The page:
As more patients use smartphones and smartwatches to track their health, they will be offering more data collection points. These collection points may or may not be useful, but the information needs to be protected regardless. This creates a new concern for companies that need to be HIPAA-compliant.
Yes, this started with the three V’s of Big Data, but according to an article on the National Center for Biotechnology Information website, practitioners and researchers add a fourth V. Big Data collection traditionally assumes that the information is easy to “read,” i.e., that the files are electronically manipulable. However, anyone who’s ever made a joke about doctor handwriting knows that this may not be the case in the healthcare community.
Therefore, to pool Big Data in healthcare, analysts need to look for different and better tools that accommodate the issues specific to the industry.
Where do Big Data and HIPAA intersect?
HIPAA requires that protected health information (PHI) be either encrypted or anonymized. When it comes to using Big Data in healthcare, this requirement is causing consternation.
Scrubbing information to be HIPAA compliant requires following the de-identification procedures set forth in Section 164.514(a). However, an inherent tension appears to exist in these procedures when aggregating information under the Big Data umbrella.
The HIPAA Privacy Rule lists the following as one of the identifiers that needs to be removed:
(B) All geographic subdivisions smaller than a state, including street address, city, county, precinct, ZIP code, and their equivalent geocodes, except for the initial three digits of the ZIP code if, according to the current publicly available data from the Bureau of the Census:
(1) The geographic unit formed by combining all ZIP codes with the same three initial digits contains more than 20,000 people; and
(2) The initial three digits of a ZIP code for all such geographic units containing 20,000 or fewer people is changed to 000
One of the biggest aggregation factors leading to predictive medical practices with Big Data comes from analyzing geographic location as a proxy for socioeconomic status. This means that while you’ve gotta catch ‘em all, you can’t necessarily use them all in your analysis unless you’re HIPAA compliant.
How protecting Big Data in conjunction with HIPAA compliance can make you a Healthcare Pokemon Master Trainer
Even if your organization isn’t dispensing medical care, you may be a link in the HIPAA chain of trust as either a covered entity or a Business Associate of one. As a cloud service provider or data modeling center for a hospital, your customer may be using Big Data to help understand its population. This means that they need to be able to trust your server with the information in their database.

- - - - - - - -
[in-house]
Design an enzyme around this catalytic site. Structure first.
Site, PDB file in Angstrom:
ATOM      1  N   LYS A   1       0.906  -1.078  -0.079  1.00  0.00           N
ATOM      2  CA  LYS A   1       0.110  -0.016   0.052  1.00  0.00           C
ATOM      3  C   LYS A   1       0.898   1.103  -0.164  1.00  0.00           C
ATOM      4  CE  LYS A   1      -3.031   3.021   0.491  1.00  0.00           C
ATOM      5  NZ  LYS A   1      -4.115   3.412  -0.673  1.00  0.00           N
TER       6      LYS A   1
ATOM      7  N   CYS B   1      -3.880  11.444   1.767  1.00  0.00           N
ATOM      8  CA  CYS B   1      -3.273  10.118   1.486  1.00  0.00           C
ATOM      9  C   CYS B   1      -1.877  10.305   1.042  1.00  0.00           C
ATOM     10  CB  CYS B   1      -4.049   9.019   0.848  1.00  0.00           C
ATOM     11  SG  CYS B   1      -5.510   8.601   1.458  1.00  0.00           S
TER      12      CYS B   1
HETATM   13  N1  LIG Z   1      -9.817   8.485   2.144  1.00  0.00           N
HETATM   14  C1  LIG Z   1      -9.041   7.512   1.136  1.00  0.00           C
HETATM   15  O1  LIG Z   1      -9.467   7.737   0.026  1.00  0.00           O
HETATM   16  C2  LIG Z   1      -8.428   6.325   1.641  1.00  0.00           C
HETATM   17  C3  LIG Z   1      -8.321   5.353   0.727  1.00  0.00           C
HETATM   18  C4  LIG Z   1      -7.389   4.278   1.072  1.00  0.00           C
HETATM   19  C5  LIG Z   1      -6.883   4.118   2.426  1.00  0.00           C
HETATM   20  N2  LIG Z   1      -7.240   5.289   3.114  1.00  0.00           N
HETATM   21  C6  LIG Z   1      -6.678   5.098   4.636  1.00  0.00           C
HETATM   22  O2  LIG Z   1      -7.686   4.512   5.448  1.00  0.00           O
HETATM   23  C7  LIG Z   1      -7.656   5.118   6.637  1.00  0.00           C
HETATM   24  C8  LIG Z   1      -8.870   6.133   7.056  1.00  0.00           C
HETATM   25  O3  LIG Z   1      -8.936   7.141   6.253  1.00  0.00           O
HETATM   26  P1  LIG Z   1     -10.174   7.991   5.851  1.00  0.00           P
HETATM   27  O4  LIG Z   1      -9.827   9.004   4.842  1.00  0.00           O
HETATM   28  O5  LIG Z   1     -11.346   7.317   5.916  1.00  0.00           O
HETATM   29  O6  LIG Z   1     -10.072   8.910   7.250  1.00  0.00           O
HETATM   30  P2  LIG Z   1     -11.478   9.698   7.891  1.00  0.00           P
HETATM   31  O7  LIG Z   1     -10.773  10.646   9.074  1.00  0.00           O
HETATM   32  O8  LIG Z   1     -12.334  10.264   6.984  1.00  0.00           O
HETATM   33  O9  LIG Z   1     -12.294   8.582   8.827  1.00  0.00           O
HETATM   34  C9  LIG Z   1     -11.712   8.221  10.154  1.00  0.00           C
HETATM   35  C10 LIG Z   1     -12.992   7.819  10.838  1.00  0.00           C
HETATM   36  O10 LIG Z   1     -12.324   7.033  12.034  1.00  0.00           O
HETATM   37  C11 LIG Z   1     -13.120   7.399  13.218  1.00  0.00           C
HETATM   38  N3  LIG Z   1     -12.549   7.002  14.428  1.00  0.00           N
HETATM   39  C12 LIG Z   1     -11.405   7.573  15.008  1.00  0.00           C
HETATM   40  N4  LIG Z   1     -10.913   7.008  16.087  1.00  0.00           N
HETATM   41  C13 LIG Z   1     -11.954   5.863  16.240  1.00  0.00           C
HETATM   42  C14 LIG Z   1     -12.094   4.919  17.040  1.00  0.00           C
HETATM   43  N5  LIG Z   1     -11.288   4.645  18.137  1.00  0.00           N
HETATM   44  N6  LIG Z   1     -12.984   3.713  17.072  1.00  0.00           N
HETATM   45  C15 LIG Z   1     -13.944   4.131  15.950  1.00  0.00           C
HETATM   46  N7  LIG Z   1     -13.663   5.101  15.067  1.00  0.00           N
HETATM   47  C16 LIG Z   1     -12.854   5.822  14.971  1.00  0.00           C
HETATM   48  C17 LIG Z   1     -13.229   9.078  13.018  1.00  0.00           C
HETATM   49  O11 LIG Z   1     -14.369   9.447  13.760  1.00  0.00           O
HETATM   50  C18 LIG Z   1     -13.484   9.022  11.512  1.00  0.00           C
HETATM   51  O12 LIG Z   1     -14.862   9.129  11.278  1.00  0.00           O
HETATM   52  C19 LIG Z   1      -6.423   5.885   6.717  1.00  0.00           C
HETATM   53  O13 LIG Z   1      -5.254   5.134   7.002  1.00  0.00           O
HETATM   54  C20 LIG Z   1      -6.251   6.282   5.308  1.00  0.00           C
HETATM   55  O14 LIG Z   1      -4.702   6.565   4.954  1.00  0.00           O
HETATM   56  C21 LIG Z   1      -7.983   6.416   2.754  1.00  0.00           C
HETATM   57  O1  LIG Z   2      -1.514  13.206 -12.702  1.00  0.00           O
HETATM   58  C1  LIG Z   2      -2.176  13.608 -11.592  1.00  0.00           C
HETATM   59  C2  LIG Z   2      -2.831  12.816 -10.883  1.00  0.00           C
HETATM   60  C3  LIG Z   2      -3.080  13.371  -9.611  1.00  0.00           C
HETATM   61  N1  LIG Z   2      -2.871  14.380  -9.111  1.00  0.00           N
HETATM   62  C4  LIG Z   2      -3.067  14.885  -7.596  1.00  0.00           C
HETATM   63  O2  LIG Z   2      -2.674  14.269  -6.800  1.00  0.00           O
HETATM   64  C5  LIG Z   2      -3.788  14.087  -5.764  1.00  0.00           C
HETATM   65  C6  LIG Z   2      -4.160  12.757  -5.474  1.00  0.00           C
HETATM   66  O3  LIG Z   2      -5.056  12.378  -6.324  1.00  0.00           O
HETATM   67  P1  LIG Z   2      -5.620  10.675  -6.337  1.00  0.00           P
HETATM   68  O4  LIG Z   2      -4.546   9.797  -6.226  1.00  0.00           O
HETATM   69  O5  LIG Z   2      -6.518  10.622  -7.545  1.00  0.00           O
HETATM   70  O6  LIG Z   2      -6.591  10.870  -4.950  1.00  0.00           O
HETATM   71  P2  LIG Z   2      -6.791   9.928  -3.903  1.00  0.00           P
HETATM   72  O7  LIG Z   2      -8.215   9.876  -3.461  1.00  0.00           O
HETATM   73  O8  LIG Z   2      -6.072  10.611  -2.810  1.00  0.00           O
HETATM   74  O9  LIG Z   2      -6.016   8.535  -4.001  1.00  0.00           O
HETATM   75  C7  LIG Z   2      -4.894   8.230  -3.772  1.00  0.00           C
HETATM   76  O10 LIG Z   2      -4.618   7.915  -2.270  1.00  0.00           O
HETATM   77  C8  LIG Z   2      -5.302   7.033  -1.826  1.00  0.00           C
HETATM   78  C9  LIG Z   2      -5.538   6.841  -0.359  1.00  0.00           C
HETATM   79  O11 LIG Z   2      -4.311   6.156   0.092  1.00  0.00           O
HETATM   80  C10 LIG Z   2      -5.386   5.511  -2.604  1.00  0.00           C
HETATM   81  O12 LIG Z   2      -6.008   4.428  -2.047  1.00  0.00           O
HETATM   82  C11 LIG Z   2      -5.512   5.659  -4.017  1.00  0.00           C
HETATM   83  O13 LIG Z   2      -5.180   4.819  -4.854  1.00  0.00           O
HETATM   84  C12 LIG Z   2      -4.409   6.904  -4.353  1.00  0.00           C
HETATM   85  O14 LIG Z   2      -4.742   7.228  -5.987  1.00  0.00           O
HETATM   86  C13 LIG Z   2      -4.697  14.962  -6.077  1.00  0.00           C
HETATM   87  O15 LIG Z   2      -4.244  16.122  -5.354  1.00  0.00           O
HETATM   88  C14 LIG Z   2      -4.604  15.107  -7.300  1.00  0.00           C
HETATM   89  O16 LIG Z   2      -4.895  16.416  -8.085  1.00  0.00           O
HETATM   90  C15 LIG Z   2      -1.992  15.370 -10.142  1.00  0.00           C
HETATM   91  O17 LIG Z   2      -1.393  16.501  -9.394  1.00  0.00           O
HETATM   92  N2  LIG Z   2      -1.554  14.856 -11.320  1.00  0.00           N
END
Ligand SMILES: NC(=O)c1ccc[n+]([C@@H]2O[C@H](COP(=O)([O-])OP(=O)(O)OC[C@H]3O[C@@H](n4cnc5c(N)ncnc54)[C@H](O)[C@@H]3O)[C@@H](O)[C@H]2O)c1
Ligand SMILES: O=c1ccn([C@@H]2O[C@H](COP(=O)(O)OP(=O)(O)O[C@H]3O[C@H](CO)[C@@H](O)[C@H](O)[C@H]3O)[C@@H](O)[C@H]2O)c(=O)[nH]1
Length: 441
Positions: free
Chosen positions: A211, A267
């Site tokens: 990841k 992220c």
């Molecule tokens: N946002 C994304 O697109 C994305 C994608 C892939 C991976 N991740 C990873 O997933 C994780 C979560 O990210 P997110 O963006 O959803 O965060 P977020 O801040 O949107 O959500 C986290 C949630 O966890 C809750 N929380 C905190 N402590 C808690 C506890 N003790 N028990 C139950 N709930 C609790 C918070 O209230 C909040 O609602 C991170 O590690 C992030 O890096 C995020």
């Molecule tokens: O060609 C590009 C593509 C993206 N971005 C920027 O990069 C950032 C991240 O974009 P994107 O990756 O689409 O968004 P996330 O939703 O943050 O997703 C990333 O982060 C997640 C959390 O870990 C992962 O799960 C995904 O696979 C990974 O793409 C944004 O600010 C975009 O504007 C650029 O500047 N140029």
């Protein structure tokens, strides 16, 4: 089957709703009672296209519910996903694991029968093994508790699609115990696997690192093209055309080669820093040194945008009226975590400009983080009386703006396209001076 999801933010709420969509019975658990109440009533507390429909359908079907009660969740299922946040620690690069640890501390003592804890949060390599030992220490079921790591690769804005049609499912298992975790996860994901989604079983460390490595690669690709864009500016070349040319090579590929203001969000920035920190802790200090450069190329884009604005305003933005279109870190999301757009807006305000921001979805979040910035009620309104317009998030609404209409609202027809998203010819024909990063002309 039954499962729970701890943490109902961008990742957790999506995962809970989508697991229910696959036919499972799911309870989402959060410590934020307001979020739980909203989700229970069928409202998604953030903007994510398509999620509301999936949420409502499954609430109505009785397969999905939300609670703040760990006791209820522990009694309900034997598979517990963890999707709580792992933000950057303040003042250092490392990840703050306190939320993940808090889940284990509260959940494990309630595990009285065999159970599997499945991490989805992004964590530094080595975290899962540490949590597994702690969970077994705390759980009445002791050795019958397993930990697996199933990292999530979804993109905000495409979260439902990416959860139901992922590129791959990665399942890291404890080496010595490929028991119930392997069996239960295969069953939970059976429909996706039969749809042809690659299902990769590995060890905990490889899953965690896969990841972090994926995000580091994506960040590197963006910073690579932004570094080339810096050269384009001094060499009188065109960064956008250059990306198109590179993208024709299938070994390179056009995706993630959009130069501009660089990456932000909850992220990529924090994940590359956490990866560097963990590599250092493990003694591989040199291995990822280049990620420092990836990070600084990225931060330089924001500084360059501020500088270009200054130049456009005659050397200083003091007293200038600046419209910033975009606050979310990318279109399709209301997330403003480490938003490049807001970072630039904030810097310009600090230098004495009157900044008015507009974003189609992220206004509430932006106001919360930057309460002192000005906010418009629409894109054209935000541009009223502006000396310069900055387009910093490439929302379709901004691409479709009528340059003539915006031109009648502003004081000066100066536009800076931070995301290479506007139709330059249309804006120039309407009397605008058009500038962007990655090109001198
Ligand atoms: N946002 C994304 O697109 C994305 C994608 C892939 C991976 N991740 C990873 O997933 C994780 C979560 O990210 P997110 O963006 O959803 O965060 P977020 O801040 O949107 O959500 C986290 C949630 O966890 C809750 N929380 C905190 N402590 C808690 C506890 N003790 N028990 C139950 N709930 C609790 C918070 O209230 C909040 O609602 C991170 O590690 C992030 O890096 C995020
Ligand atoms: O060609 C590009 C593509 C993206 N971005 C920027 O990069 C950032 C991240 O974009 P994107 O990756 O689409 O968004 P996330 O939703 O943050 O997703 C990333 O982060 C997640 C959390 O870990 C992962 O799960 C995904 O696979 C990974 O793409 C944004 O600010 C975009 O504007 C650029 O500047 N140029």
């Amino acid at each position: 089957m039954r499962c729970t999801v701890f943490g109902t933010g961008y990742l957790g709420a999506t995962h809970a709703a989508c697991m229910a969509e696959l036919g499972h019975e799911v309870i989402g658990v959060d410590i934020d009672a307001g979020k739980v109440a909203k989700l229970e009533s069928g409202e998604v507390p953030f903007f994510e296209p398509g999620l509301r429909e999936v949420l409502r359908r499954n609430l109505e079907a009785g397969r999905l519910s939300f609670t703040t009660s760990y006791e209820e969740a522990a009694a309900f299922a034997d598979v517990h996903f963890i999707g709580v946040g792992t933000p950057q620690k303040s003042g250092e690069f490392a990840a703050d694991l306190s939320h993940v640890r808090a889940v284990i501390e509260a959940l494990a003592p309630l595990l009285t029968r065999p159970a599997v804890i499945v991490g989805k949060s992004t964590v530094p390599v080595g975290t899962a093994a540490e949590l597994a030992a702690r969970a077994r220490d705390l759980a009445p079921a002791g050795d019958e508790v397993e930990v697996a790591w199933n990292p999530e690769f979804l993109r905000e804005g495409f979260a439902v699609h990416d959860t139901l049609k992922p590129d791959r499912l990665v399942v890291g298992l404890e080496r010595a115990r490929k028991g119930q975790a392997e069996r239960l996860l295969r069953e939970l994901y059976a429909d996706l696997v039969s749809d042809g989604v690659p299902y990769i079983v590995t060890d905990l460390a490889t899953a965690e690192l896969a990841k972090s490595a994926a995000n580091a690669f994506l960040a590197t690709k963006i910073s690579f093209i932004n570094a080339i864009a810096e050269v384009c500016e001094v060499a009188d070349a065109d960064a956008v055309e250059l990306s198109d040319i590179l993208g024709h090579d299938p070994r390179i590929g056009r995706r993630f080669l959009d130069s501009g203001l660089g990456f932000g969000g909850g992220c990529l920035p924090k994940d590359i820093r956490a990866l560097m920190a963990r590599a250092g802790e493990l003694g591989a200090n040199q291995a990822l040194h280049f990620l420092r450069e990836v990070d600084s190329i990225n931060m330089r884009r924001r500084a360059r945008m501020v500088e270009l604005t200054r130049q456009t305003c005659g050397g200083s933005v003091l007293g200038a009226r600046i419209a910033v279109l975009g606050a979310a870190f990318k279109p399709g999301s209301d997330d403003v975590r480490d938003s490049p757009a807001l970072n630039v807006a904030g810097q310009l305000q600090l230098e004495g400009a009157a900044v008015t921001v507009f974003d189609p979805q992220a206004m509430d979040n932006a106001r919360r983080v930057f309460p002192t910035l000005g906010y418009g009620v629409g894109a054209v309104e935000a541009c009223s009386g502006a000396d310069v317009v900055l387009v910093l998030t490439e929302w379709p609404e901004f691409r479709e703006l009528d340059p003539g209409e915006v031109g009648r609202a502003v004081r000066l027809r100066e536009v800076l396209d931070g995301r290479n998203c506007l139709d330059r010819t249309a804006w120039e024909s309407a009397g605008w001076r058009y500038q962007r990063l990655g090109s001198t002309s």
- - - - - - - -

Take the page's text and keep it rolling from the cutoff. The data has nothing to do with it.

Pokemon and Big Data have one more commonality: trainers and healthcare professionals need to keep their assets safe. Just as a trainer doesn’t want the Pokemon to escape, the healthcare professional doesn’t want the information to be breached. To be a master healthcare service vendor, you need to show your customers that you’ve locked down that information.
How to use GRC automation to prove master status
Potential customers need to know that you’re not only keeping information safe, but also are responsive to their concerns. This means you can quickly respond to queries about your compliance.
GRC automation makes providing documentation easy. For example, ZenGRC’s “System of Records” function allows you to pull up an audit report quickly and prove that your controls are working. Instead of having to find someone to ask, you can quickly provide your customer with the assurance they need.
In addition, you can set different authorizations for viewing and editing—so all members of your organization can access the information they need. Your internal auditor no longer acts as the gatekeeper to information but also doesn’t have to fear that someone in a different department will contaminate the data.
As Big Data becomes more important to the healthcare industry, more data analytics providers will need to become HIPAA compliant. As your compliance program expands, you want solutions that make it painless. Automation is the key to streamlining your shifting needs.
For more information on using automation to ease your compliance pain, download our eBook “Compliance Management Best Practices: When Will Excel Crush You?”